A mobile applet that doubles as a monitoring device, launched by a group comprising former police officers and IT experts, is drawing criticism from their own ex-colleagues, legal experts and the public.
The applet, launched on the website www.mobicid.com, lets one read e-mails, track GPS location, monitor chats, internet surfing, video and audio files and contacts and calendar in another phone.
Legal experts say this is illegal and unconstitutional. The police say cases can be filed in the cyber cell. The twist in the story, however, is that it will be the clients who may be held guilty and not the applet’s makers.
“It’s is a hidden applet,” admitted Sachin Waze, an ex-police officer and founder of Mobi CID.
While the developers of the applet are gung-ho about the 1,800 client registrations on the first day itself, legal experts advise caution.
“This is a violation of constitutional rights. Tracking a person’s cell phone without his consent is depriving him of personal liberty. On this basis, the aggrieved person can appeal in a court of law,” said NS Nappinai, advocate and founder-member of Technology Law Forum.
The makers, predictably, have a different take.
“Parents can monitor their child or a corporation can monitor its employees by pre-installing this applet. This way, the parent will come to know if the child is accessing porn or objectionable content. Corporate honchos can check if employees are productively using time and involved in espionage or not,”said Sanyog Shelar, CEO, Mobi CID.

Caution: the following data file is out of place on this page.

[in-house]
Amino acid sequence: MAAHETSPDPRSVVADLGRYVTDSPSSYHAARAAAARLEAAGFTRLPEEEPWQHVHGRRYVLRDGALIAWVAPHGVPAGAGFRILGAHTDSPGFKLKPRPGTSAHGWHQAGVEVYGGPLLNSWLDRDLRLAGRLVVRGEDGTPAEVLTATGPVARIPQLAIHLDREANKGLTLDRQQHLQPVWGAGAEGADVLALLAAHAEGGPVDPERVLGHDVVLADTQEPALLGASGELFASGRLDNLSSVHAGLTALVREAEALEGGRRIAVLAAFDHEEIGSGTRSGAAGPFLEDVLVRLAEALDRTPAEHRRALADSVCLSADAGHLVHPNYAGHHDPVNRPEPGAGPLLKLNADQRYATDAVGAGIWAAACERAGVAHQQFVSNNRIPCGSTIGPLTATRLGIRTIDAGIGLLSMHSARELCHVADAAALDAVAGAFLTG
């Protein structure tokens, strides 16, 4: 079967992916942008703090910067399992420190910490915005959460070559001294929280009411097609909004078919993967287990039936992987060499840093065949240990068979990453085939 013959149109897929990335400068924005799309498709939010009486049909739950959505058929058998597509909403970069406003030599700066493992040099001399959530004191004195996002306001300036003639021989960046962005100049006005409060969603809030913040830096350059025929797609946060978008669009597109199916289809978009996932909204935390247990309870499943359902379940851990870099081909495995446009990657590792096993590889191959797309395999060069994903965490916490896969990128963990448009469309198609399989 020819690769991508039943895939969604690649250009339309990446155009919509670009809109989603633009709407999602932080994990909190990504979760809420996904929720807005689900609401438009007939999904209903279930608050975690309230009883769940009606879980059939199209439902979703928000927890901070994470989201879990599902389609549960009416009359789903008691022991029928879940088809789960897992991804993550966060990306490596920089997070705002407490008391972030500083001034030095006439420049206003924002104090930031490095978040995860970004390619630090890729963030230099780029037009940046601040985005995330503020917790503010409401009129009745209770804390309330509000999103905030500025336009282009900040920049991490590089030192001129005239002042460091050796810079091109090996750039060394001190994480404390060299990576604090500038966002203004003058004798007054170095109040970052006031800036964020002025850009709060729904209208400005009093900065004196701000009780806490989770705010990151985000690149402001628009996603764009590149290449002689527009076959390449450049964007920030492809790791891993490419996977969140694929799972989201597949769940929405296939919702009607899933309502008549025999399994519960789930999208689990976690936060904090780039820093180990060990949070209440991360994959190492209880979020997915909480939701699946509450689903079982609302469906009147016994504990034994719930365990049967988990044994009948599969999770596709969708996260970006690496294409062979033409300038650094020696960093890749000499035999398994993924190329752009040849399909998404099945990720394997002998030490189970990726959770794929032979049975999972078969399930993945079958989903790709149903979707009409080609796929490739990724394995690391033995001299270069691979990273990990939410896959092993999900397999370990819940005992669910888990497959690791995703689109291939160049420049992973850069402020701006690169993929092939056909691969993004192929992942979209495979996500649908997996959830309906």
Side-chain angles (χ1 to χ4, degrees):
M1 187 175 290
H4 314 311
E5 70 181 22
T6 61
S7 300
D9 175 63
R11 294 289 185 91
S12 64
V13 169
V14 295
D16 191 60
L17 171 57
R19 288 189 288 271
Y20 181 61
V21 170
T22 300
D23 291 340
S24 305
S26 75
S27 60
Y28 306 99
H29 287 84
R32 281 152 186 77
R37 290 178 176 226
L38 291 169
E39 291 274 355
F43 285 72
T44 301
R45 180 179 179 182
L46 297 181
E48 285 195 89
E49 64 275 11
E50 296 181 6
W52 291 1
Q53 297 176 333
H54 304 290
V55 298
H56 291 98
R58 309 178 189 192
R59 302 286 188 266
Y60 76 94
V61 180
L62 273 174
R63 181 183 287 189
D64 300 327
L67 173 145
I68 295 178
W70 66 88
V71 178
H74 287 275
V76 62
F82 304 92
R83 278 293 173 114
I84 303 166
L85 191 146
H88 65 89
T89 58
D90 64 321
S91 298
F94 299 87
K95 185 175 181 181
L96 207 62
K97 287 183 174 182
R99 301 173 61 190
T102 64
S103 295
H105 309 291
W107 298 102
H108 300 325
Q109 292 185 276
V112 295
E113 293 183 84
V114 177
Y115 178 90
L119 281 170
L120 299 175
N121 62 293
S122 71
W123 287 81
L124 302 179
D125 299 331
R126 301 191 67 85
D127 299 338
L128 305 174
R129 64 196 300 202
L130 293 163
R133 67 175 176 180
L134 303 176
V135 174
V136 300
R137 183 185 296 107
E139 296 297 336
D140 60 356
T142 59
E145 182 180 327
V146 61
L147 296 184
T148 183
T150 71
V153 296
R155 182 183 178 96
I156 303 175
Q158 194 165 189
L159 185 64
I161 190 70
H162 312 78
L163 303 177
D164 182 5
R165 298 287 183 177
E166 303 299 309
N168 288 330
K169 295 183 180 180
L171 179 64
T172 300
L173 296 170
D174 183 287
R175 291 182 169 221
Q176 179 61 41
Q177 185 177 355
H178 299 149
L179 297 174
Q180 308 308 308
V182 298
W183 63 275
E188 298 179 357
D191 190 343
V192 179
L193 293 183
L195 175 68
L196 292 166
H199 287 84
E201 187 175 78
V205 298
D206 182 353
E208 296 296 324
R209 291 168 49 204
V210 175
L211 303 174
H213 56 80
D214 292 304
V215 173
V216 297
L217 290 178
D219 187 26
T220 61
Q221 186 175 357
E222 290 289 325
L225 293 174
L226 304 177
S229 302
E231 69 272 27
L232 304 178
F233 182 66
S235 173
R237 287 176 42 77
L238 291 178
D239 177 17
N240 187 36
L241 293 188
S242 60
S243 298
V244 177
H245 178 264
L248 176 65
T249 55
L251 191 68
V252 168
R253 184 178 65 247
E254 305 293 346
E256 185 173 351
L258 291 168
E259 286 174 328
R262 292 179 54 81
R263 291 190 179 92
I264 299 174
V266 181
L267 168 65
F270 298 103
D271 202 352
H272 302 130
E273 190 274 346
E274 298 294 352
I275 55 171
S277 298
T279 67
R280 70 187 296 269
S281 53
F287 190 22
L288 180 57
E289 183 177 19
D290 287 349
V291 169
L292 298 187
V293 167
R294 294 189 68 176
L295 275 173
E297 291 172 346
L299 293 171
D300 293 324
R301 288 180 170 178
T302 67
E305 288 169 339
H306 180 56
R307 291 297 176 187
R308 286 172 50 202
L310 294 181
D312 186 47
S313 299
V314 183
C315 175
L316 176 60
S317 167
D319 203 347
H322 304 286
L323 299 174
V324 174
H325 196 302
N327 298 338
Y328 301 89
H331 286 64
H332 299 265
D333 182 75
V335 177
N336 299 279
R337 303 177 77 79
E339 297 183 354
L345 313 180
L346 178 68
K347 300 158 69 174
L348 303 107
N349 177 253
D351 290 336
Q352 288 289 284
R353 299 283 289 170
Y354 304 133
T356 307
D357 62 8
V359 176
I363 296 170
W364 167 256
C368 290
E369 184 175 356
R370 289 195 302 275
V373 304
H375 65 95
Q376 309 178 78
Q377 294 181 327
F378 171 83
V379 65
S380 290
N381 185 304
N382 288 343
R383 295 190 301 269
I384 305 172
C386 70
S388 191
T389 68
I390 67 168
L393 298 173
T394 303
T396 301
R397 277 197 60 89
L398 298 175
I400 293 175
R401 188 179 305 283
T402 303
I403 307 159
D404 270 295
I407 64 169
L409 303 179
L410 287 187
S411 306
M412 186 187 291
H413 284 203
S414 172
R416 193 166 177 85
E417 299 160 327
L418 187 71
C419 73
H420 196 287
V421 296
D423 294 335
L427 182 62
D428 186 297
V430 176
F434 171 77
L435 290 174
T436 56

In the US, mobile applets like this one are banned.
Senior police officials said people can lodge complaints, if they feel their phones are being hacked into.
“Tampering with a computer system which include smart phones without the permission of the person using it amounts to hacking.
The aggrieved party can lodge a complaint with the cyber crime cell ,” said a senior police official.
“The service provider will escape the legal tangle. The client who has availed such services and is being cited as the accused may land in the dock, if the case is proved in the court of law,” he said.
Home-maker Purvee Bhatia (40) believes that it is wrong even for parents to monitor their children without consent.
Try telling that to Waze and this is what you get: “Whether a person monitors clandestinely or with the knowledge of the opposite person is none of our concern. We are just service providers and have followed all legal procedures.”